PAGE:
Four-time Tour de France winner Chris Froome has pushed back on some of the scrutiny directed at Team Ineos, describing what he sees as ‘double standards’ because of the levels of criticism directed at the British team while other squads are given easier times. Froome was speaking at the unveiling of the Team Ineos kit in Yorkshire on Wednesday and on the eve of his first participation at the Tour de Yorkshire.
“Unless you’re going to ask every anchorman on every news show about the people who pay for advertising on their shows, then I think there are double standards there,” Froome told a small gathering of the press that included Cyclingnews.
Without mentioning teams by name, Froome hinted at petrochemical company Total, who recently took over the lead sponsorship of French team Direct Energie. The news of Ineos’ arrival in the sport has also sparked a new wave of questions over the ownership of other teams with questionable ethical boundaries.
“If you’re going to ask so much from certain sports people and not others, especially when there are other energy companies within the peloton and not a word was said to those riders, then I don’t think it is fair,” Froome pointed out.
Part of the tension directed towards Ineos and the management at Team Sky stems from the fact that in 2018 Team Sky came to the Tour de France with Ocean Rescue livery on the jerseys. They stated a wish to reduce their use of single plastics, but their new ties to Ineos – one of the three largest producers of plastics and a strong advocate for fracking – has drawn concerns from environmental groups. When one member of the press corps suggested that the intensity directed towards Team Ineos was because they are a British squad, Froome remained diplomatic.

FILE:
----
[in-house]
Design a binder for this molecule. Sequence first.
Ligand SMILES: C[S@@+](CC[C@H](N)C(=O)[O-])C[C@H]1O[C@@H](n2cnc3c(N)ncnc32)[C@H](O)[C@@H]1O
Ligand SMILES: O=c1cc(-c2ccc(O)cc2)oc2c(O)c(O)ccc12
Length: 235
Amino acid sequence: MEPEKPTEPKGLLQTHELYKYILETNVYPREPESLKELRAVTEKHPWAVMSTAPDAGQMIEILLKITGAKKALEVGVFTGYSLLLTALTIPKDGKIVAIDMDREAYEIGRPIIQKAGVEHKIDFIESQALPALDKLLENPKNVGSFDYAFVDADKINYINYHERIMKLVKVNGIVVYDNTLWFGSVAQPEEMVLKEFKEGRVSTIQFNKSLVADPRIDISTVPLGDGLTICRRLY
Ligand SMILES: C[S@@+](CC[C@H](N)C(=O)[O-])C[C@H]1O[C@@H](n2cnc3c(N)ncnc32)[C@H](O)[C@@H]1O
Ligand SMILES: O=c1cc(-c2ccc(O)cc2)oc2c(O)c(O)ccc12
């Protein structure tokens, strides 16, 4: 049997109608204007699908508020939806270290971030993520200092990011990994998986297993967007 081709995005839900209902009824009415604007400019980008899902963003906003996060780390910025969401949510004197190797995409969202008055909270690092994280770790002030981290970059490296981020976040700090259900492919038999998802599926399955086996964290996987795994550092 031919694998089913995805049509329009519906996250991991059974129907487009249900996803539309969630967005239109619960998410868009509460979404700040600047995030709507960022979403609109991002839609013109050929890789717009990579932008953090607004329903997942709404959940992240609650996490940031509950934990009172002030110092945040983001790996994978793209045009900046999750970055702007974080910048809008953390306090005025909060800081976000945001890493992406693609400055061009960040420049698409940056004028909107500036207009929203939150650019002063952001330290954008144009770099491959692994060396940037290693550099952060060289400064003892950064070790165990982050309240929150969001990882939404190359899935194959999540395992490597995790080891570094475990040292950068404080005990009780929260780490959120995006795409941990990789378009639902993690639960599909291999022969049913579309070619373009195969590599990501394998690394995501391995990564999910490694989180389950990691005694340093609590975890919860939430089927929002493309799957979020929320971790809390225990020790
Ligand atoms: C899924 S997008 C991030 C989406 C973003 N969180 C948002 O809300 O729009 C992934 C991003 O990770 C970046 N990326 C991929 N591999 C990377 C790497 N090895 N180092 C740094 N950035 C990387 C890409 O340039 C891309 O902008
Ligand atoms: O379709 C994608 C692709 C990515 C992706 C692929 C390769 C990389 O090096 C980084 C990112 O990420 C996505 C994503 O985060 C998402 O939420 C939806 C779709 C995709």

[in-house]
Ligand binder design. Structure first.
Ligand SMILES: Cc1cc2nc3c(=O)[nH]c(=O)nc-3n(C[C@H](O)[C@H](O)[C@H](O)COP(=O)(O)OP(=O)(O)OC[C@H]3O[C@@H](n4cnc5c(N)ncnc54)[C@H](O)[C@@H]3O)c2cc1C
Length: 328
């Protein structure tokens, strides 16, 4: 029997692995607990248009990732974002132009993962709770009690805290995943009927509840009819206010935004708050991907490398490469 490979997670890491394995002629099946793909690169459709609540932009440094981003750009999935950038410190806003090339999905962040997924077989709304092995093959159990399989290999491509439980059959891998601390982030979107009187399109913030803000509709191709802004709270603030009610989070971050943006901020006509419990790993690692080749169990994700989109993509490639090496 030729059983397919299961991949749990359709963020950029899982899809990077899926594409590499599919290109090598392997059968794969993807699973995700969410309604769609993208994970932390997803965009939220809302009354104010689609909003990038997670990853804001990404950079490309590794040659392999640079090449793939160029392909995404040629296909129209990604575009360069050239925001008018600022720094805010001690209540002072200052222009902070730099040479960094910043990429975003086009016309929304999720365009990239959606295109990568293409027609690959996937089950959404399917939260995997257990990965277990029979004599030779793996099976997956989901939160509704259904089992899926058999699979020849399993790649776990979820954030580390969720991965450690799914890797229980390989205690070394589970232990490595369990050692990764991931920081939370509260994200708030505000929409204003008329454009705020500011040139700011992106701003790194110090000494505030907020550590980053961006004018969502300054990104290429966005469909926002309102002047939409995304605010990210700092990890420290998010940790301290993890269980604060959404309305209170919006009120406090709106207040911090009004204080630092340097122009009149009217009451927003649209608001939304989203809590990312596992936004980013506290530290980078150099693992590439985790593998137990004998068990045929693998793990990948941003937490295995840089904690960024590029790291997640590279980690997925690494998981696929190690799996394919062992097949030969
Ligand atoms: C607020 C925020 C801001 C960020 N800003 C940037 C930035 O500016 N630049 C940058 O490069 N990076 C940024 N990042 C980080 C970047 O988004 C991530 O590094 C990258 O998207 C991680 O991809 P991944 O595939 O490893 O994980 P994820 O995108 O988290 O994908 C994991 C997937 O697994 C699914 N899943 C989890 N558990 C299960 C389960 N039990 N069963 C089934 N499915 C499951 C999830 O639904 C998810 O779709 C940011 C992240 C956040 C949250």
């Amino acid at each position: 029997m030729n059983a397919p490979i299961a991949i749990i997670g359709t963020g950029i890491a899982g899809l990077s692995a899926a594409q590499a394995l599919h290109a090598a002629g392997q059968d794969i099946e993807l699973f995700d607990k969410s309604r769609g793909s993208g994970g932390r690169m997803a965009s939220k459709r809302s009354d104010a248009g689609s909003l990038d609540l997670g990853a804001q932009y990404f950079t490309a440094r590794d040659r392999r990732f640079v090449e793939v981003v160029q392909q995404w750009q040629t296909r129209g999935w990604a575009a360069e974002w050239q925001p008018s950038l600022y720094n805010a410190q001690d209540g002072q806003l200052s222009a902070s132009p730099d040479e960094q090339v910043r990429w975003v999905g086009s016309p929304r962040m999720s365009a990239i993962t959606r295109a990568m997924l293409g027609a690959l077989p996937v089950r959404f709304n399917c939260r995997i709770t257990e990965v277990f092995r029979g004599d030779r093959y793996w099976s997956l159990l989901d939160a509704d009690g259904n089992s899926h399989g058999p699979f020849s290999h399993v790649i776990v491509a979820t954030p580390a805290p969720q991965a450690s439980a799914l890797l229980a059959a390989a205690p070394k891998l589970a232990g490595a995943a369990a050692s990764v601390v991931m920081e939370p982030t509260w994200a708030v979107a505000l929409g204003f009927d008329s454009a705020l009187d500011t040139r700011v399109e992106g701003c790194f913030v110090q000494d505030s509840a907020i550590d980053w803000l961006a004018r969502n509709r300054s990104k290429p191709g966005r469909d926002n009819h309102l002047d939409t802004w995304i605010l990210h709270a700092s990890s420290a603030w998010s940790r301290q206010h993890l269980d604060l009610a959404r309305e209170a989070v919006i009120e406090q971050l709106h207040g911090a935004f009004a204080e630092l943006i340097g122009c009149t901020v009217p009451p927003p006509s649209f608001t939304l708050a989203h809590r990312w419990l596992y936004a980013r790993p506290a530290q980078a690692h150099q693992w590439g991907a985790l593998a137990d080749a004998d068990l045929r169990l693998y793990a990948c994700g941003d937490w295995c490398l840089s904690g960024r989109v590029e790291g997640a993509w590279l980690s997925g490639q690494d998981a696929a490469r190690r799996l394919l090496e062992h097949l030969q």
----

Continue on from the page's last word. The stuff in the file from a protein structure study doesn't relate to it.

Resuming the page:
“I understand that and as a company, they’re doing a lot to tackle a lot of those environmental issues. I think Dave [Brailsford] explained it really well in that the team’s not changing its philosophy. We’re still working as a cycling team and working as hard as possible to reduce the amount of plastics that we use, especially single-use plastics. That campaign is only going to grow in the future.”
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